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China’s Digital Yuan Paves the Way for Global CBDCs


Central Bank Digital Currencies (“CBDCs”) could well be one of the most profound developments of the 21st century. This article takes a look at the impact, motivations, and policy choices available to Central Banks and contrasts them with how China's PBOC is proceeding.

Central Bank Digital Currencies (CBDCs) could well be one of the most far-reaching advances of the 21st century. Taken to the extreme, these forms of digital payment could potentially void the need for traditional banks altogether while the technology underlying tokenized forms of CBDCs opens up boundless possibility for novel forms of economic policy.

China is the furthest along in its CBDC development roadmap and has already rolled out pilot tests in several major cities. Going by the official moniker of “DCEP” (“Digital Currency/Electronic Payment”), the country is expected to have a mass rollout right in time for the 2022 Winter Olympics in Beijing. China’s progress on this front, coupled with Facebook’s 2019 announcement of its own digital currency, Libra (now known as “Diem”), were two of the catalysts for the latter day “space race” to develop CBDCs. The BIS reports that 86% of Central banks are developing a digital currency and around 14% are in the process of rolling out pilot tests. Long a holdout, Jerome Powell also recently announced that the US Fed intends to publish a discussion paper on a digital dollar this summer.  

The People’s Bank of China (“PBOC”) first initiated development on the DCEP in 2014 under the guidance of highly regarded governor, Zhou Xiaochuan. That China is the global leader in this space should come as no surprise, given that the country is already a leader in electronic payment systems. As China’s CBDC inches closer to launch, we take a look at key features of the DCEP’s design and the implications this could have for the wider political economy.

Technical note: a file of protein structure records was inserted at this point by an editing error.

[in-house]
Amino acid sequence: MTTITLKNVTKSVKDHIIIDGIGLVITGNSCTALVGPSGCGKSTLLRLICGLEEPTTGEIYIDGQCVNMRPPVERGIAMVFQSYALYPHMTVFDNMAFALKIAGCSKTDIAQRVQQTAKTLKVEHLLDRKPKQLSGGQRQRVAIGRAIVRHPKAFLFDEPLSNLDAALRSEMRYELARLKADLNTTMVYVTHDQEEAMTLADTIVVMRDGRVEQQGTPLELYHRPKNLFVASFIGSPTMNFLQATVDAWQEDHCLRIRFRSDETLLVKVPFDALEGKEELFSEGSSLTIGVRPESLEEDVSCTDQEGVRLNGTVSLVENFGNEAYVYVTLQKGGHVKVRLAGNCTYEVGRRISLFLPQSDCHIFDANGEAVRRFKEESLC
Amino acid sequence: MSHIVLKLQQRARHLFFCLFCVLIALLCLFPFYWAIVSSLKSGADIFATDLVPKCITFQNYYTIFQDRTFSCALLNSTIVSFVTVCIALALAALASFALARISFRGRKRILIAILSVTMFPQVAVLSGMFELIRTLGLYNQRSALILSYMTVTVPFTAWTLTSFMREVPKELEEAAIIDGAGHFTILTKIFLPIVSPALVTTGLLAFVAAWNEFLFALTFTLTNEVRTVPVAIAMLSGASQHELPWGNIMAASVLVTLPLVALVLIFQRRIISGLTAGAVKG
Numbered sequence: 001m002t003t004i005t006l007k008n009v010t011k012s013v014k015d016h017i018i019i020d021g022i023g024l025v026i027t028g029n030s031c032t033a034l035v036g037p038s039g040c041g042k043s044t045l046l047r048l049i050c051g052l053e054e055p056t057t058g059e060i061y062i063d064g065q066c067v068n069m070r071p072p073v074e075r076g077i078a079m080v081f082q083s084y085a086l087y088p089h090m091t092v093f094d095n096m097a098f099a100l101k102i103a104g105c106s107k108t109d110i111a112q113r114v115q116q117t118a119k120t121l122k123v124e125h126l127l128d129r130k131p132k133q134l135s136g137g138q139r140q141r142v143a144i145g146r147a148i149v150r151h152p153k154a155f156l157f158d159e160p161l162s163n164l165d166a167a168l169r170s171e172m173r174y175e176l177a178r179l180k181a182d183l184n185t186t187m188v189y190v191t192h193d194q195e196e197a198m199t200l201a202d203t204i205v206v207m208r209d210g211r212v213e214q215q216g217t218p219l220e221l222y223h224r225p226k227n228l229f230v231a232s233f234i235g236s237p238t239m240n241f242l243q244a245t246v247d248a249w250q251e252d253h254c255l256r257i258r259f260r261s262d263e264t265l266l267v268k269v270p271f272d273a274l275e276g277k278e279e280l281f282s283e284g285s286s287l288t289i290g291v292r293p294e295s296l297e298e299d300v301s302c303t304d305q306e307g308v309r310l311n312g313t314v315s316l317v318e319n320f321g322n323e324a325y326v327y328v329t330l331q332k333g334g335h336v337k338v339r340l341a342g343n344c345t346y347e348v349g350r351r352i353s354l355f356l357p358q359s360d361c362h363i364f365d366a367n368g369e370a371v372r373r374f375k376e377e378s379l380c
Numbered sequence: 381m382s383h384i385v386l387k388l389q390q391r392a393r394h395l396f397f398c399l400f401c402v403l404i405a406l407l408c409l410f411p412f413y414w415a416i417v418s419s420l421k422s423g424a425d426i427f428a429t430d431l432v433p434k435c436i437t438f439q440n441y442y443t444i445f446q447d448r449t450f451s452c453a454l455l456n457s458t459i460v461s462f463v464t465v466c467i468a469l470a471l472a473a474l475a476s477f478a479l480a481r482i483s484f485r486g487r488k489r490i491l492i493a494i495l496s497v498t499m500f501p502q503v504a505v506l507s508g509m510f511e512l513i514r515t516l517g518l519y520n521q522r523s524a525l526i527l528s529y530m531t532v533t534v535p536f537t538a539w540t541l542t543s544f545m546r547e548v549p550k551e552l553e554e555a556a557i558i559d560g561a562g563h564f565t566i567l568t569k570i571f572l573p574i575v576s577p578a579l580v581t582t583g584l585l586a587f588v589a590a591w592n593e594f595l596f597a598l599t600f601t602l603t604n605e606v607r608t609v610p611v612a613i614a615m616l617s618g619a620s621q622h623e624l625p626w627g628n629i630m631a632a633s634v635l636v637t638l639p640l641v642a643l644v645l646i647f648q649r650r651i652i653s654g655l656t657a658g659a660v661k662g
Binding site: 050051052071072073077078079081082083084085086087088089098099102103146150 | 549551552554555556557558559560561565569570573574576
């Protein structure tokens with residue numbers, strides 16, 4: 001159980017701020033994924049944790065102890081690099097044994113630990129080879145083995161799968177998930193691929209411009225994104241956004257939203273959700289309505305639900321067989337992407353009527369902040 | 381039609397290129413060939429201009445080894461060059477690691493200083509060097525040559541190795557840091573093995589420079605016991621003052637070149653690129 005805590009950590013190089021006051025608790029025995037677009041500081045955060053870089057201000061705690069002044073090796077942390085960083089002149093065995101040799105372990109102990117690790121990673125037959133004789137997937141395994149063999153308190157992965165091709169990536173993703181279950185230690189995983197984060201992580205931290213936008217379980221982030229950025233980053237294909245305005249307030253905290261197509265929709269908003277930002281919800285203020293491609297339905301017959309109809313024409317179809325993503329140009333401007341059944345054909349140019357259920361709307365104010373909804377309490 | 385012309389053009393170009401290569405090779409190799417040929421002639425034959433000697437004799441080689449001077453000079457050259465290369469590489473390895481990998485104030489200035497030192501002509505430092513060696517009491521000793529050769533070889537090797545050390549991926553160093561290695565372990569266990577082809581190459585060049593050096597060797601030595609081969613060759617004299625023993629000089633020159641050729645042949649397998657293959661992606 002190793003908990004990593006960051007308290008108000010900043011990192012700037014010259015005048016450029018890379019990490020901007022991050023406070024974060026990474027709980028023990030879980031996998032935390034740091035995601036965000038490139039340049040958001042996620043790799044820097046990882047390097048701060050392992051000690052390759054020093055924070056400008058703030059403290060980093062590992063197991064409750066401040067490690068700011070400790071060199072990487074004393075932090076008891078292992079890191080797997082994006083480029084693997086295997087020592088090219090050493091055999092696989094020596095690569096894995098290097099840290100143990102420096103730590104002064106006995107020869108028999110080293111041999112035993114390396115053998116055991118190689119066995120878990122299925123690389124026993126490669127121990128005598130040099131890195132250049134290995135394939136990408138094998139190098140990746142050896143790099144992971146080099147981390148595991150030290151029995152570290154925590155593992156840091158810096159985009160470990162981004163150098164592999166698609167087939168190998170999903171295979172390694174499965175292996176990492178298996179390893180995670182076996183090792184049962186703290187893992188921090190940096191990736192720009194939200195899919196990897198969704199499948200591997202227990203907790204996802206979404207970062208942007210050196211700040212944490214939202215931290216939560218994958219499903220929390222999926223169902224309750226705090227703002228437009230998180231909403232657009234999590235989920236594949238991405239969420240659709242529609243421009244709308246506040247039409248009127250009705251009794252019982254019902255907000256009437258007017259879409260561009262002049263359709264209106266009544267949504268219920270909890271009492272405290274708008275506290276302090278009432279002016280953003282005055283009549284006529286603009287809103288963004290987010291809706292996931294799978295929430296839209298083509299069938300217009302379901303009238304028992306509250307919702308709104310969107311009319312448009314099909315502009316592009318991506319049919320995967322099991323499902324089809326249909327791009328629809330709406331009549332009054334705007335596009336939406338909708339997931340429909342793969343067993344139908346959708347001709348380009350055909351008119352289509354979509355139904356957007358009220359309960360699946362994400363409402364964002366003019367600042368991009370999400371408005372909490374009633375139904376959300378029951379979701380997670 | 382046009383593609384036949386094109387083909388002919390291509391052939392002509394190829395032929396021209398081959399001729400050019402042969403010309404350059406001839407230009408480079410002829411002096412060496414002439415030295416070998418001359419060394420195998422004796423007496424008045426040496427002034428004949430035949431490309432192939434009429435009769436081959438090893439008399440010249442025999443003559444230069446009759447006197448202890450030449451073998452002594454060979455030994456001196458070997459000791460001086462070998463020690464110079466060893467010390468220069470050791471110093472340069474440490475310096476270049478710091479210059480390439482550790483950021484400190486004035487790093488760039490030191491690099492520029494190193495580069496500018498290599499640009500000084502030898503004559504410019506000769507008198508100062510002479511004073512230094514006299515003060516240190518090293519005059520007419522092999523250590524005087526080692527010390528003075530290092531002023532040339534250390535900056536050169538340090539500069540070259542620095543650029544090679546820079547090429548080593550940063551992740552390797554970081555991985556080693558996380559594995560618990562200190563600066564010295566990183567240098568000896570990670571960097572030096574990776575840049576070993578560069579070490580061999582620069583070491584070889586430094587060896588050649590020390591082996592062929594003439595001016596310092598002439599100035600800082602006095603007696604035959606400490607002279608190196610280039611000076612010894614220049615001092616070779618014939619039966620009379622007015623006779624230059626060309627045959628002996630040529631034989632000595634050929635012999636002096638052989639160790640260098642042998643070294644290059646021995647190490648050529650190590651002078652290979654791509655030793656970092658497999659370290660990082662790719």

How Does the DCEP Work?

From a user perspective, the DCEP functions as a standard wallet or electronic payment app akin to Venmo or WeChat Pay. Screenshots of the app have emerged from pilot tests over social media and the below image is a snapshot of the China Construction Bank’s DCEP wallet app. The choice of delegating the wallet and distribution to banks speaks to the “two-tier” system the PBOC is employing, which will keep banks from being disintermediated. 

Screenshots of the CCB’s Digital Yuan Wallet

It is worthwhile to peek under the hood, and examine the potential design choices available to Central banks in rolling out CBDCs. At the outset, it’s important to note that while Central banks digital currencies make use of cryptographic technologies, they are not employing “blockchain” technology in the strictest sense of the term. They are centrally-operated and eschew typical consensus protocols such as proof-of-work or proof-of-stake, for bespoke mechanisms. In the DCEP’s case there is a central entity maintaining the ledger referred to as a “registration center.”

Key Design Features of Central Bank Money

Sources: Deutsche Bank, The China Guys. Note: √ = existing or likely feature, (√ ) = possible feature, X = atypical or impossible feature

Apart from greater control, there are also sustainability and scalability considerations at play. The blockchain ecosystem at present is massively inefficient in regards to resource consumption, which limits its scalability. The Bitcoin network, the blockchain that supports the most well-known cryptocurrency, is only capable of processing a maximum of seven transactions per second. The Visa network, by contrast, typically supports approximately 1,700 transactions per second.

The Technology Behind China’s DCEP

How is DCEP different from existing cryptocurrencies? The digital yuan is not supported by a blockchain nor is it considered a cryptocurrency in the strictest sense. It is instead a digital token currency which relies on cryptography and some blockchain concepts, while lacking the decentralized ledger akin to a blockchain. This centrally-managed ledger instead retains the monetary controls traditional afforded to the governing Central bank. Additionally, given the vast computational power associated with blockchain-based cryptocurrencies, this is a natural outcome for a sovereign currency and a direction that other CBDCs will also take.